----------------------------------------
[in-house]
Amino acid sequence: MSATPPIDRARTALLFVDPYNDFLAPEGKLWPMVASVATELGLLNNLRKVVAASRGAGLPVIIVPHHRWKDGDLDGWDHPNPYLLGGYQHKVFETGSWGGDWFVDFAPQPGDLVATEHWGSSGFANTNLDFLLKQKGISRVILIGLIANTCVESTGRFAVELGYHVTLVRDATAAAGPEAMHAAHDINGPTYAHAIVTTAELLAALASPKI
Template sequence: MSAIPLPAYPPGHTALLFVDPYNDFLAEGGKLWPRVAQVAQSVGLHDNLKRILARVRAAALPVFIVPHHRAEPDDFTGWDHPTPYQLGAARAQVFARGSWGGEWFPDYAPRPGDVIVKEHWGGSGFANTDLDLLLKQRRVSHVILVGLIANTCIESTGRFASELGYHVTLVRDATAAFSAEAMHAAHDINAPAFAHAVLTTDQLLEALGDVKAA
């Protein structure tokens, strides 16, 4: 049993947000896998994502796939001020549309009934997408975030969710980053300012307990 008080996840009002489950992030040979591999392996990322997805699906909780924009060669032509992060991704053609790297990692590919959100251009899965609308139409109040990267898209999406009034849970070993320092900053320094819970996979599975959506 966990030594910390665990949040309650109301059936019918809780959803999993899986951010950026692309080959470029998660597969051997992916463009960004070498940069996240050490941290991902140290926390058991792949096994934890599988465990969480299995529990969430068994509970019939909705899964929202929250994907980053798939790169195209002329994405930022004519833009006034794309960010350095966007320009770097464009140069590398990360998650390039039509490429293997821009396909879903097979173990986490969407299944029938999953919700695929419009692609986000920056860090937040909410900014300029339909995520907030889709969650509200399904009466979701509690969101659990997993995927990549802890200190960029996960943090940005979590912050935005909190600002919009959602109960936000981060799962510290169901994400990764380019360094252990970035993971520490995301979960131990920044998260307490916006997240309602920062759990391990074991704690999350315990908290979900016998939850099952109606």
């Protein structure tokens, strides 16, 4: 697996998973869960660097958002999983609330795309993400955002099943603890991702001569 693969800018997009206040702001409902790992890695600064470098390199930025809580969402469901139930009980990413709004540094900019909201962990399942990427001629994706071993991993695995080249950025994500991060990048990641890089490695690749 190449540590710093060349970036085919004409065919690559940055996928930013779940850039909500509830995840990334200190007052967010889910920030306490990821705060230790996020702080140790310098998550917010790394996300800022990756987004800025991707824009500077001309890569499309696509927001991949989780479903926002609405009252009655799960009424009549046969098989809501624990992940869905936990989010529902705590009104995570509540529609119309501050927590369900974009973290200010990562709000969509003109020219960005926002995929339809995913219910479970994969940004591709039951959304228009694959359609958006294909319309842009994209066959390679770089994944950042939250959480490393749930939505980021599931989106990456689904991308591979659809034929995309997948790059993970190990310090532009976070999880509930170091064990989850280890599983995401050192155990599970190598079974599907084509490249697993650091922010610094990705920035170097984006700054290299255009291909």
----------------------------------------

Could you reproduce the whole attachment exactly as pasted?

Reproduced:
[in-house]
Amino acid sequence: MSATPPIDRARTALLFVDPYNDFLAPEGKLWPMVASVATELGLLNNLRKVVAASRGAGLPVIIVPHHRWKDGDLDGWDHPNPYLLGGYQHKVFETGSWGGDWFVDFAPQPGDLVATEHWGSSGFANTNLDFLLKQKGISRVILIGLIANTCVESTGRFAVELGYHVTLVRDATAAAGPEAMHAAHDINGPTYAHAIVTTAELLAALASPKI
Template sequence: MSAIPLPAYPPGHTALLFVDPYNDFLAEGGKLWPRVAQVAQSVGLHDNLKRILARVRAAALPVFIVPHHRAEPDDFTGWDHPTPYQLGAARAQVFARGSWGGEWFPDYAPRPGDVIVKEHWGGSGFANTDLDLLLKQRRVSHVILVGLIANTCIESTGRFASELGYHVTLVRDATAAFSAEAMHAAHDINAPAFAHAVLTTDQLLEALGDVKAA
């Protein structure tokens, strides 16, 4: 049993947000896998994502796939001020549309009934997408975030969710980053300012307990 008080996840009002489950992030040979591999392996990322997805699906909780924009060669032509992060991704053609790297990692590919959100251009899965609308139409109040990267898209999406009034849970070993320092900053320094819970996979599975959506 966990030594910390665990949040309650109301059936019918809780959803999993899986951010950026692309080959470029998660597969051997992916463009960004070498940069996240050490941290991902140290926390058991792949096994934890599988465990969480299995529990969430068994509970019939909705899964929202929250994907980053798939790169195209002329994405930022004519833009006034794309960010350095966007320009770097464009140069590398990360998650390039039509490429293997821009396909879903097979173990986490969407299944029938999953919700695929419009692609986000920056860090937040909410900014300029339909995520907030889709969650509200399904009466979701509690969101659990997993995927990549802890200190960029996960943090940005979590912050935005909190600002919009959602109960936000981060799962510290169901994400990764380019360094252990970035993971520490995301979960131990920044998260307490916006997240309602920062759990391990074991704690999350315990908290979900016998939850099952109606």
């Protein structure tokens, strides 16, 4: 697996998973869960660097958002999983609330795309993400955002099943603890991702001569 693969800018997009206040702001409902790992890695600064470098390199930025809580969402469901139930009980990413709004540094900019909201962990399942990427001629994706071993991993695995080249950025994500991060990048990641890089490695690749 190449540590710093060349970036085919004409065919690559940055996928930013779940850039909500509830995840990334200190007052967010889910920030306490990821705060230790996020702080140790310098998550917010790394996300800022990756987004800025991707824009500077001309890569499309696509927001991949989780479903926002609405009252009655799960009424009549046969098989809501624990992940869905936990989010529902705590009104995570509540529609119309501050927590369900974009973290200010990562709000969509003109020219960005926002995929339809995913219910479970994969940004591709039951959304228009694959359609958006294909319309842009994209066959390679770089994944950042939250959480490393749930939505980021599931989106990456689904991308591979659809034929995309997948790059993970190990310090532009976070999880509930170091064990989850280890599983995401050192155990599970190598079974599907084509490249697993650091922010610094990705920035170097984006700054290299255009291909």